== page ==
Most of you are familiar with the roles and profiles method of writing and classifying Puppet code. However, the roles and profiles method doesn’t have to exist only in your control repository. In fact, as I’ve been developing Puppet code centered around compliance, I’ve found that adapting the roles and profiles method into a design pattern to Puppet modules makes the code more auditable, reusable, and maintainable!
For the uninitiated, the roles and profiles method, or roles and profiles pattern, allows you to separate resources and logic in your Puppet code from the actual manifest you classify against a node. This is done by writing profiles, logically-grouped resources and the like, and including them in wrapper classes called roles which actually get classified. Profiles are generally tech stacks or base code for all nodes, while roles are named after the business logic they describe with the included profiles. In other words, the roles and profiles pattern creates a simple interface for a node so that classification of the node doesn’t get bloated with the actual resource implementation details.
For those of you familiar with software engineering, the concept of separating your code into interfaces and implementations probably sounds familiar. That’s because the roles and profiles pattern closely resembles the Facade design pattern, one of the famous “Gang of Four” design patterns that is widely used in software engineering. The facade pattern, like the roles and profiles method, allows us to hide a sprawling, complex code base behind simple, succinct interfaces. Sounds like the perfect design pattern to use for a CIS or STIG Puppet module!
How to use the roles and profiles method in a compliance Puppet module
To illustrate how to use the roles and profiles method in a compliance Puppet module, let’s assume we’re writing a Puppet module for compliance. We want to enforce the CIS control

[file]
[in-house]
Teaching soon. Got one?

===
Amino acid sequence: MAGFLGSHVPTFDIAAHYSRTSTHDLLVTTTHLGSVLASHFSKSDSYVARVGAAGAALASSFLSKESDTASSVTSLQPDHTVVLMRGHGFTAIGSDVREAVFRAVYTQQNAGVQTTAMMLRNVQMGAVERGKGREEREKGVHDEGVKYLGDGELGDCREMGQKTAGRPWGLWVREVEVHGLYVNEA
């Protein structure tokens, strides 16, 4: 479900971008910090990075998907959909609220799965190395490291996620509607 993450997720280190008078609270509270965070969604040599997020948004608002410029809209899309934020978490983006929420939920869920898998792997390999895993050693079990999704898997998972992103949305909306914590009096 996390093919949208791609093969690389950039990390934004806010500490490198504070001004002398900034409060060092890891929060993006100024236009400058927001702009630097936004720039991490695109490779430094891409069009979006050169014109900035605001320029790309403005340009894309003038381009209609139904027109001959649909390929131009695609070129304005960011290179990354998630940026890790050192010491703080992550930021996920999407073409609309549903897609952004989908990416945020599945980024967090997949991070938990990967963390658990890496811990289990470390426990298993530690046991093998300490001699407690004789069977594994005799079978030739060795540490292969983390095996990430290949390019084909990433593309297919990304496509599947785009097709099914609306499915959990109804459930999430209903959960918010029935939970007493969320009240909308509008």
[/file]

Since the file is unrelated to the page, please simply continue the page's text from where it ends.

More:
1.1.22 Ensure sticky bit is set on all world-writable directories from the CentOS 7 benchmark. We know this control appears in other benchmarks, like the Red Hat 7 benchmark, however we’re unsure of the numbering.
We start by creating a Puppet class called
compliance::cis::utils::sticky_bit that contains resources and logic to ensure the sticky bit is set on all world-writable directories. This is similar to a profile. We then create another Puppet class called
compliance::cis::ensure_sticky_bit_is_set_on_all_world_writable_directories that includes
compliance::cis::utils::sticky_bit. This is similar to a role.
We now have a simple interface that maps directly to the CentOS 7 control name. This allows us to audit what code is in charge of what controls easily without having to know anything other than the control name. Additionally, we don’t have to worry if the control numbering is different between the CentOS and Red Hat benchmarks. Furthermore, when our boss tells us we now need Puppet code to enforce the new
Framework, Yoda Compliance that has the control
Sticky bit set, all world-writable directories must have we just need to create a class called
If you found this interesting and would like some more in depth examples and explanations of how to adapt the roles and profiles method to compliance code, please join me at Puppet Camp: Get compliance under control on March 25th, 2021! Register here.